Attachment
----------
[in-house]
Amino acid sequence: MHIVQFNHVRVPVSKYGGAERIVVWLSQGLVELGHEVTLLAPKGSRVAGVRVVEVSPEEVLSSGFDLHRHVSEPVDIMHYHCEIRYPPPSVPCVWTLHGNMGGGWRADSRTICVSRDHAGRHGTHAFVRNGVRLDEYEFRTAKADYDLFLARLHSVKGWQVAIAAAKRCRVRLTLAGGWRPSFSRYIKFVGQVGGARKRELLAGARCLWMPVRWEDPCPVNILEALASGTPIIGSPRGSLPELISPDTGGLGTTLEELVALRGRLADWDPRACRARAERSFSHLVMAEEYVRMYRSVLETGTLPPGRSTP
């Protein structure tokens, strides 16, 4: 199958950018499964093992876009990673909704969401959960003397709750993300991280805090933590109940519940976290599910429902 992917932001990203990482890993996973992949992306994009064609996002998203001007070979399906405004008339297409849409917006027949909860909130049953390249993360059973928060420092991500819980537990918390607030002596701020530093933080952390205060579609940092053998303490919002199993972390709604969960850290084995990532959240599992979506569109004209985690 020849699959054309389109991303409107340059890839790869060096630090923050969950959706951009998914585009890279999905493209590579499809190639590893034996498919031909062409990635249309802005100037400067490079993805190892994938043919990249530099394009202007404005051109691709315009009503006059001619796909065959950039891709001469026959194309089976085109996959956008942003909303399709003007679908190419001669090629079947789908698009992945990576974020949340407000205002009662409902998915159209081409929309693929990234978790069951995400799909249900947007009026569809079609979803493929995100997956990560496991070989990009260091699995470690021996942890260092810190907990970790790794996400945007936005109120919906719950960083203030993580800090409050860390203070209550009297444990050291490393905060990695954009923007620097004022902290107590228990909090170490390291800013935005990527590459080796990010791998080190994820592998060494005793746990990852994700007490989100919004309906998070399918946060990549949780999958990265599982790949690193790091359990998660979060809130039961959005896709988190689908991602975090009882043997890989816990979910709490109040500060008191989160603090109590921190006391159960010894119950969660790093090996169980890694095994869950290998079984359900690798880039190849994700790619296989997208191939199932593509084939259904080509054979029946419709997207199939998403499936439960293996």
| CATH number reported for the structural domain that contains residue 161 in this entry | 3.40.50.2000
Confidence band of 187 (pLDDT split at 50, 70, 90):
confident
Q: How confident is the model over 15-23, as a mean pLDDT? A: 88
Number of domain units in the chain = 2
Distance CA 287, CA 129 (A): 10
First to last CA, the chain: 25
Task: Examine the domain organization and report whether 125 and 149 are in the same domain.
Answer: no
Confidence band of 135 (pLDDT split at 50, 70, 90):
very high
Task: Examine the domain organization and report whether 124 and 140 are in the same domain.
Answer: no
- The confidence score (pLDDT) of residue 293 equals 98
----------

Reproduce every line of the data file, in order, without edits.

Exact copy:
[in-house]
Amino acid sequence: MHIVQFNHVRVPVSKYGGAERIVVWLSQGLVELGHEVTLLAPKGSRVAGVRVVEVSPEEVLSSGFDLHRHVSEPVDIMHYHCEIRYPPPSVPCVWTLHGNMGGGWRADSRTICVSRDHAGRHGTHAFVRNGVRLDEYEFRTAKADYDLFLARLHSVKGWQVAIAAAKRCRVRLTLAGGWRPSFSRYIKFVGQVGGARKRELLAGARCLWMPVRWEDPCPVNILEALASGTPIIGSPRGSLPELISPDTGGLGTTLEELVALRGRLADWDPRACRARAERSFSHLVMAEEYVRMYRSVLETGTLPPGRSTP
């Protein structure tokens, strides 16, 4: 199958950018499964093992876009990673909704969401959960003397709750993300991280805090933590109940519940976290599910429902 992917932001990203990482890993996973992949992306994009064609996002998203001007070979399906405004008339297409849409917006027949909860909130049953390249993360059973928060420092991500819980537990918390607030002596701020530093933080952390205060579609940092053998303490919002199993972390709604969960850290084995990532959240599992979506569109004209985690 020849699959054309389109991303409107340059890839790869060096630090923050969950959706951009998914585009890279999905493209590579499809190639590893034996498919031909062409990635249309802005100037400067490079993805190892994938043919990249530099394009202007404005051109691709315009009503006059001619796909065959950039891709001469026959194309089976085109996959956008942003909303399709003007679908190419001669090629079947789908698009992945990576974020949340407000205002009662409902998915159209081409929309693929990234978790069951995400799909249900947007009026569809079609979803493929995100997956990560496991070989990009260091699995470690021996942890260092810190907990970790790794996400945007936005109120919906719950960083203030993580800090409050860390203070209550009297444990050291490393905060990695954009923007620097004022902290107590228990909090170490390291800013935005990527590459080796990010791998080190994820592998060494005793746990990852994700007490989100919004309906998070399918946060990549949780999958990265599982790949690193790091359990998660979060809130039961959005896709988190689908991602975090009882043997890989816990979910709490109040500060008191989160603090109590921190006391159960010894119950969660790093090996169980890694095994869950290998079984359900690798880039190849994700790619296989997208191939199932593509084939259904080509054979029946419709997207199939998403499936439960293996």
| CATH number reported for the structural domain that contains residue 161 in this entry | 3.40.50.2000
Confidence band of 187 (pLDDT split at 50, 70, 90):
confident
Q: How confident is the model over 15-23, as a mean pLDDT? A: 88
Number of domain units in the chain = 2
Distance CA 287, CA 129 (A): 10
First to last CA, the chain: 25
Task: Examine the domain organization and report whether 125 and 149 are in the same domain.
Answer: no
Confidence band of 135 (pLDDT split at 50, 70, 90):
very high
Task: Examine the domain organization and report whether 124 and 140 are in the same domain.
Answer: no
- The confidence score (pLDDT) of residue 293 equals 98